size comparison of planets in our solar system with planets in Kepler 51 system
This illustration depicts the three giant planets orbiting the Sun-like star Kepler 51 as compared to some of the planets in our solar system. These planets are all roughly the size of Jupiter but a very tiny fraction of its mass. NASA's Kepler space telescope detected the shadows of these planets in 2012–2014 as they passed in front of their star. There is no direct imaging. Therefore, the colors of the Kepler 51 planets in this illustration are imaginary.
NASA, ESA, and L. Hustak and J. Olmsted (STScI)

With its ultraviolet-light capabilities, Hubble uncovered one planet slowly accumulating matter (PDS 70b) and two others (GJ 436b, GJ3470b) that are shrinking as their atmospheres bleed off hydrogen. The growing planet is a massive Jupiter-sized world weighing between 4 to 17 times as much as Jupiter. The shrinking, warm, Neptune-sized planets are evaporating hydrogen due to extreme radiation from their respective stars. These shrinking worlds could explain the existence of so-called hot super-Earths, which may result from a similar process that stripped away the Neptune-sized planets’ atmospheres exposing their rocky cores.

Blue background. Center of image is a disk blocking the light of a star. Below and just to the left of the disk, at about seven o'clock, is a bright white point. This is PDS 70b.
Hubble’s sensitivity to ultraviolet light reveals radiation from super-heated gas falling onto a world called PDS 70b. The glare of the star was blocked, allowing Hubble to directly observe PDS 70b accumulating mass. Located some 370 light-years from Earth, the planet is about five times the mass of Jupiter and growing at a snail’s pace. Researchers found that the planet is growing so slowly that if the rate remains steady for another million years, its bulk will increase by only about 1/100th of Jupiter’s mass.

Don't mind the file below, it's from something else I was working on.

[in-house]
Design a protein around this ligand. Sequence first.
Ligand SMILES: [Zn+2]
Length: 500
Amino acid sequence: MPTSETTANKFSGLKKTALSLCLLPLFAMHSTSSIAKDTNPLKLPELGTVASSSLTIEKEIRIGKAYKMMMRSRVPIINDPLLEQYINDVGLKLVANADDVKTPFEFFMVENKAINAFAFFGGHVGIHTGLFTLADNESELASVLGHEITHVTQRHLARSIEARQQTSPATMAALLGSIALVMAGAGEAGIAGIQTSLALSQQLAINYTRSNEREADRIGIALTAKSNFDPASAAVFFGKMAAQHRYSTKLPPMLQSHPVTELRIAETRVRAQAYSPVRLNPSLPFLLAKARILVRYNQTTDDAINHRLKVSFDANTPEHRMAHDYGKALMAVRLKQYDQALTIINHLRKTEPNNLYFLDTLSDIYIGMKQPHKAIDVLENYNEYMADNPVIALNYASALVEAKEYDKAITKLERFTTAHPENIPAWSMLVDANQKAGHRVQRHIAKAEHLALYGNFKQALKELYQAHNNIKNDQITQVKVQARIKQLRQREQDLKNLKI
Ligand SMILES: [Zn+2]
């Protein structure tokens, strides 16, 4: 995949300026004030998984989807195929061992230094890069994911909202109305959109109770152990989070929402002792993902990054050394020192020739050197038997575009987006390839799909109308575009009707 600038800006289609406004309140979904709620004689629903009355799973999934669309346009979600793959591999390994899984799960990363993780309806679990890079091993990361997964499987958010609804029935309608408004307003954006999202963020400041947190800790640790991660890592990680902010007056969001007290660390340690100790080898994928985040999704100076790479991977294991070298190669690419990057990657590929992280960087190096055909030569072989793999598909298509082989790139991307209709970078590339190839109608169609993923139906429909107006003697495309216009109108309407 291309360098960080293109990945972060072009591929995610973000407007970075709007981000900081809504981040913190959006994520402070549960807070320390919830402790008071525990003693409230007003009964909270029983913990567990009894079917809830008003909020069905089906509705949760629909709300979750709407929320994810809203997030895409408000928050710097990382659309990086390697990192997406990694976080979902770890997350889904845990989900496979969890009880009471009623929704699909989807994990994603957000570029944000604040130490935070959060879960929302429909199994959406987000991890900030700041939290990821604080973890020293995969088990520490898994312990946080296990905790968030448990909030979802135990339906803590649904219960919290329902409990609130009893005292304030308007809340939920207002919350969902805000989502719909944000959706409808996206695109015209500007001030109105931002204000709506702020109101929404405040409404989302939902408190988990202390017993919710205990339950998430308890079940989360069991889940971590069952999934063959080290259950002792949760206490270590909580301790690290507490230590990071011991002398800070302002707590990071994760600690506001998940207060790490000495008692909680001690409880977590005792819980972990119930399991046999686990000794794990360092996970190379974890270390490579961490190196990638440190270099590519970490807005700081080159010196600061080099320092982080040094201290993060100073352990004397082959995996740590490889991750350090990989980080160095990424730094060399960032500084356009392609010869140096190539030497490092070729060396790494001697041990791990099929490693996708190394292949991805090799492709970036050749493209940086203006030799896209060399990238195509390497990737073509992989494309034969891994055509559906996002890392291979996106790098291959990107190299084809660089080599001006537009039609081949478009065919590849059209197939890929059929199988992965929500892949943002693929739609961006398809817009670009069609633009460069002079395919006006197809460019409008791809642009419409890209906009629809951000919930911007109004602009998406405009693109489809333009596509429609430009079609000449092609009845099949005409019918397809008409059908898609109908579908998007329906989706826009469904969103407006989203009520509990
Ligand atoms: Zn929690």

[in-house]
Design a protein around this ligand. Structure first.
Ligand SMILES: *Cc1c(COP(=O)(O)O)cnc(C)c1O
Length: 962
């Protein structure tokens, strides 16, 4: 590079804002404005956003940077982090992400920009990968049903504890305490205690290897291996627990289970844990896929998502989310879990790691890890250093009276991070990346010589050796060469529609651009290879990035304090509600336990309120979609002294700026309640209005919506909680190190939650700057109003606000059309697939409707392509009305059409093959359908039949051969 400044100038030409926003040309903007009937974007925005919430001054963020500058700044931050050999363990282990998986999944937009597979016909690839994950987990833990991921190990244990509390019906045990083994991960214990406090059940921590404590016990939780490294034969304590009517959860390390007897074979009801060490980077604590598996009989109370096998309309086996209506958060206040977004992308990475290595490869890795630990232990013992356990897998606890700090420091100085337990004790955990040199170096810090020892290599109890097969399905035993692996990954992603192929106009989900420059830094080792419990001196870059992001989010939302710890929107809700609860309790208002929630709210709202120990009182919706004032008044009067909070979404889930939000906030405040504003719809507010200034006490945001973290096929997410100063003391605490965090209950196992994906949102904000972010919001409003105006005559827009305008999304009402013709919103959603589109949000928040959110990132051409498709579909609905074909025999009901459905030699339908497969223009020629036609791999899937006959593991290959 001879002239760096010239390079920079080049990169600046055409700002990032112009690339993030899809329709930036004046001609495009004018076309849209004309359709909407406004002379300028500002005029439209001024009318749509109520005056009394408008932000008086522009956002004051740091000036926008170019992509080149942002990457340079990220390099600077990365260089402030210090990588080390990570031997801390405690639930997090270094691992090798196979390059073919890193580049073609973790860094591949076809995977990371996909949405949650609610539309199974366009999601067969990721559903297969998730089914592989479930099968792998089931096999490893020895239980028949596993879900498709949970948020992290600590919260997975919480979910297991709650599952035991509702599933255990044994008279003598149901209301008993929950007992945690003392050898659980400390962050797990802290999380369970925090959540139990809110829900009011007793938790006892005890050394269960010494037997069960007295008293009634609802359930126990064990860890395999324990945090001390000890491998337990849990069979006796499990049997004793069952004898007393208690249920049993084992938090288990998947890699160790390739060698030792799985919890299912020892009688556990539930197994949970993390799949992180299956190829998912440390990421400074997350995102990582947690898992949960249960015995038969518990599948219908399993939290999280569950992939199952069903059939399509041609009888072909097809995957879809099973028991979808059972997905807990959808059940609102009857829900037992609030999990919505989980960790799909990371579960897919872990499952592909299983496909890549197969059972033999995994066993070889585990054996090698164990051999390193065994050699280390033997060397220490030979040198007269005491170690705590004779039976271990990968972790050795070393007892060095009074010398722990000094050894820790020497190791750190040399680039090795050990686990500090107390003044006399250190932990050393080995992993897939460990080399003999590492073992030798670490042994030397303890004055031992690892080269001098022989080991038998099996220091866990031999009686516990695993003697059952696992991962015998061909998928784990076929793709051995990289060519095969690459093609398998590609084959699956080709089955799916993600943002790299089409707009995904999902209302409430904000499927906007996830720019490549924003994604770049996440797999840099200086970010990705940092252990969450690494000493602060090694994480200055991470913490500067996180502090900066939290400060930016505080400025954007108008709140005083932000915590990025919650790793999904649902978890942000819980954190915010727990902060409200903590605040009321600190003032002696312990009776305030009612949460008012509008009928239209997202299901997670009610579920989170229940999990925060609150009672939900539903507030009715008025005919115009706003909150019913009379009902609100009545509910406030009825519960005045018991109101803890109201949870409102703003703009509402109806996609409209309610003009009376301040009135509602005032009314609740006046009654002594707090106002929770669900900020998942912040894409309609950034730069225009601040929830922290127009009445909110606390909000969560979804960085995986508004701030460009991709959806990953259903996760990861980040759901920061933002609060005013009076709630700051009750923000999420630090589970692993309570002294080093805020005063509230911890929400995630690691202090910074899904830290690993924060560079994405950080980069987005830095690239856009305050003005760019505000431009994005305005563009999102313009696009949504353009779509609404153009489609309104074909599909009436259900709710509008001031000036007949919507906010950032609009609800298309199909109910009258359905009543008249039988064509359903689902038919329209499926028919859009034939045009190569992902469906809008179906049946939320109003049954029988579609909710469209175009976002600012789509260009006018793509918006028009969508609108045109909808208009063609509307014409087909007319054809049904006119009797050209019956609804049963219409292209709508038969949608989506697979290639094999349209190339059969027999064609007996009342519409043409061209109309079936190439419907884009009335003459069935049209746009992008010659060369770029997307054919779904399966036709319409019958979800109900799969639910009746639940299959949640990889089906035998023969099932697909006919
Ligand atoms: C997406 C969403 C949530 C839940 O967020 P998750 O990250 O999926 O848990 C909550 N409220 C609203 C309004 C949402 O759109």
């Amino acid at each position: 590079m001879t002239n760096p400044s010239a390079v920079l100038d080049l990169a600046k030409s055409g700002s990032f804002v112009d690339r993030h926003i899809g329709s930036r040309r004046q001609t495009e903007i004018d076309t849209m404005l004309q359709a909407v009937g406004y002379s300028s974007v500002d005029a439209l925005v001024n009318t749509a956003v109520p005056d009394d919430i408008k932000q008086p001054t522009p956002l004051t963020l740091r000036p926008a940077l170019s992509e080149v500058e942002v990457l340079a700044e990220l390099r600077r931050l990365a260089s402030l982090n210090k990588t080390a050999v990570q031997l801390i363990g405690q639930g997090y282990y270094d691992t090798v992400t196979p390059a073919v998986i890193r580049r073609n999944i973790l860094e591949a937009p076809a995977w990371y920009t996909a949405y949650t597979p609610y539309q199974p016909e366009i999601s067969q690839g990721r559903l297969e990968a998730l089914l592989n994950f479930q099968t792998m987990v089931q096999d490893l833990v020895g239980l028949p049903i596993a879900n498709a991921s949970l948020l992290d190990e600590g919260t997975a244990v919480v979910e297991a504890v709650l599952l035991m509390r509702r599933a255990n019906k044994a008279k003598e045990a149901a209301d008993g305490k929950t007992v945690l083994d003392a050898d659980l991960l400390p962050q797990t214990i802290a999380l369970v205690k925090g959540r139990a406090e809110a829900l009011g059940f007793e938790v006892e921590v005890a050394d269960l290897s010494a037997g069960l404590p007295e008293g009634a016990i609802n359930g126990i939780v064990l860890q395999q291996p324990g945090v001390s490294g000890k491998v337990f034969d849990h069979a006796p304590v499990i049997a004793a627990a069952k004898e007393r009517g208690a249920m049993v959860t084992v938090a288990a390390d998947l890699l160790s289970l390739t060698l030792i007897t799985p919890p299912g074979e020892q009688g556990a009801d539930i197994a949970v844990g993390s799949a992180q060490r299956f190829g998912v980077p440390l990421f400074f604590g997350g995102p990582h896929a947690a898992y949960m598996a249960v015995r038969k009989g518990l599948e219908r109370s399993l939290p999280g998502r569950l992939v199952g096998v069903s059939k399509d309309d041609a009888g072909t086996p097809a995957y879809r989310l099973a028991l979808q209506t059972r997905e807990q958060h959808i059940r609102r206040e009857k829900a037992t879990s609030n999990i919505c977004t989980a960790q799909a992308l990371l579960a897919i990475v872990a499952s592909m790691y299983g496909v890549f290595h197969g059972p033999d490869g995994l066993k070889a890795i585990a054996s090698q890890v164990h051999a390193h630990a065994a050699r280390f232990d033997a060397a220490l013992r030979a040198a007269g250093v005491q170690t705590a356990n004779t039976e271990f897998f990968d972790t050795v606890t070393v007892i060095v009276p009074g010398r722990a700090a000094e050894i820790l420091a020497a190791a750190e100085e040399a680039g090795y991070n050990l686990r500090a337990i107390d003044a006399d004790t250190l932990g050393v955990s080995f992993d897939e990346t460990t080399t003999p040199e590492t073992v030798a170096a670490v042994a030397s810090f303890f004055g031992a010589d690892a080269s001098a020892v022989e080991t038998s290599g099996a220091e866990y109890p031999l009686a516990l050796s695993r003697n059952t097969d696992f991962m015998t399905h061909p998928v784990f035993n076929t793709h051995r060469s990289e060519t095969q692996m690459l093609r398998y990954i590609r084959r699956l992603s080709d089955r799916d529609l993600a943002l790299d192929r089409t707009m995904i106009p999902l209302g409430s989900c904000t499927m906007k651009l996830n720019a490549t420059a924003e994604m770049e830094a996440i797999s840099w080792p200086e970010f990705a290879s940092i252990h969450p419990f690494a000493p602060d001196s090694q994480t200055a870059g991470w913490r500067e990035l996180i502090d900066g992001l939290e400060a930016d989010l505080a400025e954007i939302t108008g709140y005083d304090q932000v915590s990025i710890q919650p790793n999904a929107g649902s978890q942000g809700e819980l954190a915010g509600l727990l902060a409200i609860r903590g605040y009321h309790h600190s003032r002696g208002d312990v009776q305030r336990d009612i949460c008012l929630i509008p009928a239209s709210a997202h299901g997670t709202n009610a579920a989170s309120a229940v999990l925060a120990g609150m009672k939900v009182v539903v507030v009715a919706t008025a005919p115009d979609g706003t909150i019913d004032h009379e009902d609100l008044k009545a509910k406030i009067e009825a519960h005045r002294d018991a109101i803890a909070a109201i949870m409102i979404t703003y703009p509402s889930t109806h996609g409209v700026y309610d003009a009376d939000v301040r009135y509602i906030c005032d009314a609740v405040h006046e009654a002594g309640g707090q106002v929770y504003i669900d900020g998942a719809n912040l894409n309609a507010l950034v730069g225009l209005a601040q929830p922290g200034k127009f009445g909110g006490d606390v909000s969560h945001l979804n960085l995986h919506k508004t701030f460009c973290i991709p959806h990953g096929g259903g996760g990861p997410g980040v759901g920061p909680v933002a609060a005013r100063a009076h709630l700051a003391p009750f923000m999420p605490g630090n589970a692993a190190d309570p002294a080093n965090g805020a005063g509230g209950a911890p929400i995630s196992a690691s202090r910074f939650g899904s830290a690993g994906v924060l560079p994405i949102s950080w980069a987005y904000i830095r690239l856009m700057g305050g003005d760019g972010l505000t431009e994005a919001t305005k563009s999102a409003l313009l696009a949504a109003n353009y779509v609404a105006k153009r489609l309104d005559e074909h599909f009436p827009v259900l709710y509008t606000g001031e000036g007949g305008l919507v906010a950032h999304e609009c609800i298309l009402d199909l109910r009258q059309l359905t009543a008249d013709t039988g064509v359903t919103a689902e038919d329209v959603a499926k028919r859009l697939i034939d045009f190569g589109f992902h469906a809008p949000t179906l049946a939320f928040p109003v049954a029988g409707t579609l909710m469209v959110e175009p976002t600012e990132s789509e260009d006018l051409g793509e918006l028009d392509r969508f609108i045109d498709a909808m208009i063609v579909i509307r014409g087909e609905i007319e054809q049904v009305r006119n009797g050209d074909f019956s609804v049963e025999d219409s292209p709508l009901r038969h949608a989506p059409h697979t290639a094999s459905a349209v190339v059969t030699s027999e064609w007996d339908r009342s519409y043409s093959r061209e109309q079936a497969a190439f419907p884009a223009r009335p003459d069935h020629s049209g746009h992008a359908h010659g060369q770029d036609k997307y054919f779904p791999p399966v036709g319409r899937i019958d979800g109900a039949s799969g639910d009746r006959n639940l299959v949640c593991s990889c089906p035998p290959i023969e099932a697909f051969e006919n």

NASA, ESA, and Y. Zhou (McDonald Observatory/University of Texas)

Using another technique, called gravitational microlensing, Hubble astronomers also confirmed the existence of a Saturn-mass planet orbiting two small, faint stars in a tight orbit around each other. The system, called OGLE-2007-BLG-349, is 8,000 light-years away toward the center of our galaxy. Gravitational microlensing occurs when the gravity of a moving foreground star bends and amplifies the light of a background star that temporarily aligns with it along our line of sight. Details in the character of the brightening reveals clues about nature of the foreground star and any planets it may have.

artist concept of gas giant planet circling a pair of red dwarf stars in the system OGLE-2007-BLG-349